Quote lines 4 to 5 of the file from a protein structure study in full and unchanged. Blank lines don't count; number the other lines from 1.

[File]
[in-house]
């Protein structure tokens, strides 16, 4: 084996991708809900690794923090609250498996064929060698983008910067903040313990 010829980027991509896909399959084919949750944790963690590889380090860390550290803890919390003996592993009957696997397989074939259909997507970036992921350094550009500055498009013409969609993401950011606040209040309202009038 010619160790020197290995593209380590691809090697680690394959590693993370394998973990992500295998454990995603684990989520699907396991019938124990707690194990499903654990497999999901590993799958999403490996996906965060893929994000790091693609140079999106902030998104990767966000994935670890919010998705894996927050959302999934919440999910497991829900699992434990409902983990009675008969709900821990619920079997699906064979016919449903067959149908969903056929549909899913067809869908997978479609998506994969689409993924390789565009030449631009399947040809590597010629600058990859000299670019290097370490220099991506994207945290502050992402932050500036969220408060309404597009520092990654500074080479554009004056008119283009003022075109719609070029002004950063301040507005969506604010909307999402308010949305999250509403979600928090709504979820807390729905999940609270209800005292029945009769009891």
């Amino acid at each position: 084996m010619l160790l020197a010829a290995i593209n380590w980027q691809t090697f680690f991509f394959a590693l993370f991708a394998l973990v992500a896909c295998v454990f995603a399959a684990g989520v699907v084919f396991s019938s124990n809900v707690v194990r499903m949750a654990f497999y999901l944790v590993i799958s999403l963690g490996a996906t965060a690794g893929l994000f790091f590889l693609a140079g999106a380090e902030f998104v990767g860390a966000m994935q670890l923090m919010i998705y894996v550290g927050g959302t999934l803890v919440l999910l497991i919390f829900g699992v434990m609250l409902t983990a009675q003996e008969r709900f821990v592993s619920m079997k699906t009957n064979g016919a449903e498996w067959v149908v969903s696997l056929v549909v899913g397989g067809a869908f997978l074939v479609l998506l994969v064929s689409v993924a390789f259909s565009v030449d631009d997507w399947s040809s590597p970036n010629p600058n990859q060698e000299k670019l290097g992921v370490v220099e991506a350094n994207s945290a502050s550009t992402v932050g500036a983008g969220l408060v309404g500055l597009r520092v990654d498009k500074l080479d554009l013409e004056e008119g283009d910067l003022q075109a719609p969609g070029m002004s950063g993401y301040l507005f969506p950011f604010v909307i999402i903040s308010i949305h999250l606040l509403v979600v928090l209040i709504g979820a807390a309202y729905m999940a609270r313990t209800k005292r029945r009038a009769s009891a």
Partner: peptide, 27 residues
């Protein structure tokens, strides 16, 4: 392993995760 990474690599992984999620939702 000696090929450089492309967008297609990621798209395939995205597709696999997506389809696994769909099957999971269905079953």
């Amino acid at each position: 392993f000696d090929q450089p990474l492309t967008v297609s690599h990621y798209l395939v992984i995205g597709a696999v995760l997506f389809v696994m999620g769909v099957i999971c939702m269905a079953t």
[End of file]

Partner: peptide, 27 residues
């Protein structure tokens, strides 16, 4: 392993995760 990474690599992984999620939702 000696090929450089492309967008297609990621798209395939995205597709696999997506389809696994769909099957999971269905079953």